Environment

Street Trees

The City of Albany recognises that trees play an integral role in the aesthetic and tree environmental aspects of streetscapes within the City

However, in some cases, the retention of all trees might not be feasible, reasonable or desirable.

These guidelines have been formulated to ensure that the City of Albany manages and maintains street trees in accordance to best practices and to allow for their protection and preservation, whilst ensuring the public safety is not compromised.

Due to the hazardous nature and liability concerns of tree felling, residents / occupants are not permitted to remove street trees themselves.

Street Tree Removal

The City retains sole authority over any street tree removal and makes the final decision as to whether a tree is removed.

These are some possible reasons for tree removal:

  • The tree has been assessed by a qualified City Officer / Contractor as being diseased and beyond repair or dead.
  • The tree has been irreparably damaged by a storm event.
  • The tree is considered hazardous to motorists / pedestrians.
  • The tree is affected by road widening requirements, location of services or other necessary infrastructure.
  • The tree is in dangerous contact with overhead power lines
  • The tree impinges on the development potential of abutting properties with no reasonable design alternatives.
  • To allow for the construction of an essential City of Albany approved crossover

These are NOT reasons for tree removal:

  • The tree obscures or potentially obscures views (other than minimum safety sight lines for pedestrians or vehicles).
  • The tree species is disliked.
  • The tree species causes nuisance by way of leaf, fruit, bark shedding etc.
  • The tree blocks a non-essential crossover or road verge treatment.
  • The tree shades private property.
  • Any pruning that is contrary to AS 4373-2007 ‘Pruning of Amenity Trees’.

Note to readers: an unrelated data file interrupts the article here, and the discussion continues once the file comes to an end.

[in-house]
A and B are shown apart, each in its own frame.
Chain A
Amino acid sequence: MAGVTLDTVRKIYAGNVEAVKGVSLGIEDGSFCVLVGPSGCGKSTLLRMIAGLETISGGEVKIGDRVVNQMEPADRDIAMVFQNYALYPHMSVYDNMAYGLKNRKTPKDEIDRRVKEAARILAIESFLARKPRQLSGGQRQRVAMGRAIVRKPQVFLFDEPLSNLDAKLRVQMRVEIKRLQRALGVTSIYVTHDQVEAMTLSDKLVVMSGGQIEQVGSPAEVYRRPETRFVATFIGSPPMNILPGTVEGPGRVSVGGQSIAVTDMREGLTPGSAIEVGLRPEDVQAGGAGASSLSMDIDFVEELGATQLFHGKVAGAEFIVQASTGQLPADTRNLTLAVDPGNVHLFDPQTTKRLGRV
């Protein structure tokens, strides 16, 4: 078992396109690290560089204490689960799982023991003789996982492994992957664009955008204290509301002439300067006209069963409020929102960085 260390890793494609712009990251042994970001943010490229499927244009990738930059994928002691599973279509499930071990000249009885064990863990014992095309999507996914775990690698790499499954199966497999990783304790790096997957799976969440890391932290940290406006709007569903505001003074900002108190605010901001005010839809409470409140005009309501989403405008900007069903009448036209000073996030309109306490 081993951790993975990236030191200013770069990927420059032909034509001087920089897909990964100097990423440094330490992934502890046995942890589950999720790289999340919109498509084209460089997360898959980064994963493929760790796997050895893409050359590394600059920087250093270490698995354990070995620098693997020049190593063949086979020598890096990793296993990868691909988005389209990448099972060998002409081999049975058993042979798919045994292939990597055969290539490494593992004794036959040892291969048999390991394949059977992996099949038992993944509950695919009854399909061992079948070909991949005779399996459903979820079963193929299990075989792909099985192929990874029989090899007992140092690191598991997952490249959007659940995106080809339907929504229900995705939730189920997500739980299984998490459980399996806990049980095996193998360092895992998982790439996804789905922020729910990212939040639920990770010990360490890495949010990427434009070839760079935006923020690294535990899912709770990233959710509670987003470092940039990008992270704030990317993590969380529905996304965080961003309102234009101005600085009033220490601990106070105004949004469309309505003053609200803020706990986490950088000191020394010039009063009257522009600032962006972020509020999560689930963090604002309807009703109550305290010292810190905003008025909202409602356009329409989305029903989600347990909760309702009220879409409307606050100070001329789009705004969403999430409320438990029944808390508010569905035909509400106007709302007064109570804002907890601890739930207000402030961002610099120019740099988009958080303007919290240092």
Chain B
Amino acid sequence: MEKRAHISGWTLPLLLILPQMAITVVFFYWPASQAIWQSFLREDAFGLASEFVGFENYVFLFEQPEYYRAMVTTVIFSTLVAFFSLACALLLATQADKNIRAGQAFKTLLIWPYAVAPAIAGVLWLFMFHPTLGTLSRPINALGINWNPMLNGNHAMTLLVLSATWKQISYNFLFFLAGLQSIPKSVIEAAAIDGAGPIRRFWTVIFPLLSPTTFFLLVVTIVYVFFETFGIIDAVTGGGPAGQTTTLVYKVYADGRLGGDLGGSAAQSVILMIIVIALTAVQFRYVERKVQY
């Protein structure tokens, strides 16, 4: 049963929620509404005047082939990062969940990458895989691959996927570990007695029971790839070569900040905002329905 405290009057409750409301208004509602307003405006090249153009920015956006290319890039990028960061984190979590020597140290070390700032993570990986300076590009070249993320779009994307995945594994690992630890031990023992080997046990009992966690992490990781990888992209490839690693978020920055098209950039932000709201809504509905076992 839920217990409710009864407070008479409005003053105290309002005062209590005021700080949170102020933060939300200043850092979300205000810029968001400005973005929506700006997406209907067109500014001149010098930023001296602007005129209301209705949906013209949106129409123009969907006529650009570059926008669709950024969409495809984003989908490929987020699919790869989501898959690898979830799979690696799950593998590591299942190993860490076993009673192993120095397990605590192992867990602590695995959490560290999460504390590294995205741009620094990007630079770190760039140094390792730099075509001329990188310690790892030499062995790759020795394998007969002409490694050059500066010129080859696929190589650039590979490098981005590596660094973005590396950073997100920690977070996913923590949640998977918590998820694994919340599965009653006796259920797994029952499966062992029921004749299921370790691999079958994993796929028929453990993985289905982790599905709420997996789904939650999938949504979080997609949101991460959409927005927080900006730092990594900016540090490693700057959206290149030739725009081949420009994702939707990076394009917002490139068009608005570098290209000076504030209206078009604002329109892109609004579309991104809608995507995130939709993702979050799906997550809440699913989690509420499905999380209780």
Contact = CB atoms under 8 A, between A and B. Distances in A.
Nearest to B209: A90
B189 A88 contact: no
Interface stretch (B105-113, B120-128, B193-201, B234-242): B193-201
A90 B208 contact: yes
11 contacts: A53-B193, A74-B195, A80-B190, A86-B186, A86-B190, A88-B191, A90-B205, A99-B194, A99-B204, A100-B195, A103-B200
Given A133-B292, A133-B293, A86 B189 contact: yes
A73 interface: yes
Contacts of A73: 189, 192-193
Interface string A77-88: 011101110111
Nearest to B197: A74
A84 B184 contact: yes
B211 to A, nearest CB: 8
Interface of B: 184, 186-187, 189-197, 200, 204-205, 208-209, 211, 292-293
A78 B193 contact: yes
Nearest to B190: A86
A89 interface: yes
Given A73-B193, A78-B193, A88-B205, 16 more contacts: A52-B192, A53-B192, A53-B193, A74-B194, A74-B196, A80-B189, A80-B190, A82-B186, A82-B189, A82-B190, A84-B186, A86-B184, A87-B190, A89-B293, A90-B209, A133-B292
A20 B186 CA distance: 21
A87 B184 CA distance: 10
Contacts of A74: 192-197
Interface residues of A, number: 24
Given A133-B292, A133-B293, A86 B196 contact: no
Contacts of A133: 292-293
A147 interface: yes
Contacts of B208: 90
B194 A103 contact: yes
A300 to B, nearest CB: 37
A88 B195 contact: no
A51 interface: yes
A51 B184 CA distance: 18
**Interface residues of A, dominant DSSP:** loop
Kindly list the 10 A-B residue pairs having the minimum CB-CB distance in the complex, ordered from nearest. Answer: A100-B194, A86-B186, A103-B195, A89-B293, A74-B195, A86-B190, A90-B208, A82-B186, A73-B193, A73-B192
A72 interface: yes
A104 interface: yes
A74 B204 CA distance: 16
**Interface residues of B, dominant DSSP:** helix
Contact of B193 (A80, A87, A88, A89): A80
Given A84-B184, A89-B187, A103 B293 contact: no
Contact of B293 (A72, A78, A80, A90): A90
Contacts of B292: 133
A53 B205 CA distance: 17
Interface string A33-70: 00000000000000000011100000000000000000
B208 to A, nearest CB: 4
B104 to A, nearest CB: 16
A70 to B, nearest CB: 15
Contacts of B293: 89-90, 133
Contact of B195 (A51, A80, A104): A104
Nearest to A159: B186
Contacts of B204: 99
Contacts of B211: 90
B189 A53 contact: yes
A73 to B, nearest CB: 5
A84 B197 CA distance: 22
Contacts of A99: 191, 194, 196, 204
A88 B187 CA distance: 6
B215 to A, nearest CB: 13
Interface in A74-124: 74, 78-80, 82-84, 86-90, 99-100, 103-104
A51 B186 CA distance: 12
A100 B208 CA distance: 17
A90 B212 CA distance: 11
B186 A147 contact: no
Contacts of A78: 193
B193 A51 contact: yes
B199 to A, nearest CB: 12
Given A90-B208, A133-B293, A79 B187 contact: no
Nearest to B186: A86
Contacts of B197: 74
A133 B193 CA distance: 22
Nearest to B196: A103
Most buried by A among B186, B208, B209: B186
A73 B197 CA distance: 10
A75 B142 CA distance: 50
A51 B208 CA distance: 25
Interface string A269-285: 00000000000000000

Pruning of street trees

From time to time pruning of street trees may be necessary to remove diseased dead or dangerous branches. Trees will not be pruned, lopped or disturbed to improve views or to reduce shading onto private property.  If you notice a dangerous tree that requires pruning please contact the City of Albany on 6820 3000 or ‘Report It’ via the app to report the issue.

If it appears that the tree is interfering with a power line, please call Western Power on 13 10 87.

For more information contact: Wayne Turner Wayne.turner@albany.wa.gov.au

Firewood

Dead timber and leaf litter plays in important part in the ecological processes of areas of natural bushland. Dead trees often have hollows that are used by nesting birds while fallen logs provide habitat for many small animals and food for insects etc.

For this reason firewood cutting is not permitted in any City of Albany Bushland Reserves or alongside roads.

With the permission of the land owner community members are allowed to collect firewood from private property/farms in the Albany area.

Wildflowers

Bushland Reserves managed by the City of Albany play an important role in conserving the unique environmental values of the area including the wildflowers.

Viewing of the wildflowers in the reserves is popular during spring and summer when a diverse range of plants are flowering.